Background: Functional reach (FR) is a clinical measure of balance. The Alexander Technique (AT) is a nonexercise approach to the improvement of body mechanics. This study investigated a possible relationship between FR performance and AT instruction.
Methods: Three groups comprised of women older than 65, with the exception of one male control, were studied: (i) a pilot group, and (ii) experimental and (iii) control groups. Groups 1 and 2 were given eight 1-hour, biweekly sessions of AT instruction with pre- and posttests in FR, whereas Group 3 was given only pre- and posttests in FR.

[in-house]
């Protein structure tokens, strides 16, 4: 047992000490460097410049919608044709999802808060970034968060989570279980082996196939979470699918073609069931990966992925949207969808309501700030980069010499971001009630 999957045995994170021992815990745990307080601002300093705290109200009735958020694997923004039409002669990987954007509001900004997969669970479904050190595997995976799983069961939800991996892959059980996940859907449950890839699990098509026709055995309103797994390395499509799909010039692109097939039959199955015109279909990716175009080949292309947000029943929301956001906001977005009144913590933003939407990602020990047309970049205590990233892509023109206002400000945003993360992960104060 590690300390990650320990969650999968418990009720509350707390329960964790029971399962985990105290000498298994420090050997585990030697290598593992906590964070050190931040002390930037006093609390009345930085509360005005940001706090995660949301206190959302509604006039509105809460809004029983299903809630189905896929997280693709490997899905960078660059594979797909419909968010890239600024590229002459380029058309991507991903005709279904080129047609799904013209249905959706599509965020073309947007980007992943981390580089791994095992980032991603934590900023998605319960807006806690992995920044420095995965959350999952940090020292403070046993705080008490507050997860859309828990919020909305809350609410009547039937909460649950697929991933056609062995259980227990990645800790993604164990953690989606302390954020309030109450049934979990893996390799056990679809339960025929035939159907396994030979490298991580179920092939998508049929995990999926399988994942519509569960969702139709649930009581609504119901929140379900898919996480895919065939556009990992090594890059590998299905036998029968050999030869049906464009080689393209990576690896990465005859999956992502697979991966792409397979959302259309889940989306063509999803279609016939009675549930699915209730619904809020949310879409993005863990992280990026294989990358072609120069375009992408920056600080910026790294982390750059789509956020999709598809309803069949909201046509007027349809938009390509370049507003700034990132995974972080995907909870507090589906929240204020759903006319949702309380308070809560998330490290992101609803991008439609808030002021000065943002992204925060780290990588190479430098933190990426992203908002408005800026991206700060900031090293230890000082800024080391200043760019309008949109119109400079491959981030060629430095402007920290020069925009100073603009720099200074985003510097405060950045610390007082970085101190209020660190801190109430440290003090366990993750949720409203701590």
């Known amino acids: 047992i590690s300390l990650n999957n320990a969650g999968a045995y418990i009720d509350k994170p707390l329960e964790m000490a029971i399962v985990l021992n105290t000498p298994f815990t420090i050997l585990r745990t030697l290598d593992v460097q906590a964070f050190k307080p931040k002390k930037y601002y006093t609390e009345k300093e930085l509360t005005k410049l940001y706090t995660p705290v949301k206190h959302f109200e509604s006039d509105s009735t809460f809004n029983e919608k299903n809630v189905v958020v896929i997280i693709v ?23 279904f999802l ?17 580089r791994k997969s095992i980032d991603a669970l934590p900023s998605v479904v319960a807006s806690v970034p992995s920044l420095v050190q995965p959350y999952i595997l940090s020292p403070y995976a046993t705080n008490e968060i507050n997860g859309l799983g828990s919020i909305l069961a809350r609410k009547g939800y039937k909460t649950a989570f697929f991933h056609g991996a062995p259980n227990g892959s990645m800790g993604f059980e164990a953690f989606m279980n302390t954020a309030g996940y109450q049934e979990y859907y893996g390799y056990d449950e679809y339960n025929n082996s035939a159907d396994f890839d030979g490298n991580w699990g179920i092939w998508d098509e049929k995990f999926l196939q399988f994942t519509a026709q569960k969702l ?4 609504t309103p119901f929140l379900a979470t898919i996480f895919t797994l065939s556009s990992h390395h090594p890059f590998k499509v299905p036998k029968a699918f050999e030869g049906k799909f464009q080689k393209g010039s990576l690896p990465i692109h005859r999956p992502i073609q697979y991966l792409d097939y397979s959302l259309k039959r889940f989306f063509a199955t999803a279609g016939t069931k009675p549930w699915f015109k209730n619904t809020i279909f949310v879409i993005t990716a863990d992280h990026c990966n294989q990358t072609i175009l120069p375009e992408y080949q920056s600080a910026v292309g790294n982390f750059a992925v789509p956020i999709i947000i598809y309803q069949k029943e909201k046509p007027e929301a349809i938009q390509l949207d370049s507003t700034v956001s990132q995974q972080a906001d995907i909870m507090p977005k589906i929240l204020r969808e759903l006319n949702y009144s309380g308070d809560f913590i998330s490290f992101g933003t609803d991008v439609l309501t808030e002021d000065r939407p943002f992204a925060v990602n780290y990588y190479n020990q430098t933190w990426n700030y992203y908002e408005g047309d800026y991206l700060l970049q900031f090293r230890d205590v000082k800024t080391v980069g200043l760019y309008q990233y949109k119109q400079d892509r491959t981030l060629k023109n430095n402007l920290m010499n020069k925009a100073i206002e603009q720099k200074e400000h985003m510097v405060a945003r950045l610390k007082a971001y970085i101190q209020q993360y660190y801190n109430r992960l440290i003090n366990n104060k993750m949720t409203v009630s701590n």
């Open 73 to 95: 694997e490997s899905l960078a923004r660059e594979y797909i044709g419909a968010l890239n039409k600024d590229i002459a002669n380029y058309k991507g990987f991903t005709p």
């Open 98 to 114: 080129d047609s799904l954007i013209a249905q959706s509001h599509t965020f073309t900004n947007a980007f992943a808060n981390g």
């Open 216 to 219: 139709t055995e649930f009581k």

Results: Groups 1 and 2 both showed significant improvement in FR performance. Group 2 was retested 1 month after posttest and showed a slight decrease in FR performance. For Groups 1 and 2, a questionnaire allowing qualitative responses on a four-item scale showed an overall positive response to the AT instruction.
Conclusions: AT instruction may be effective in improving balance and thereby reducing the incidence of falls in normal older women.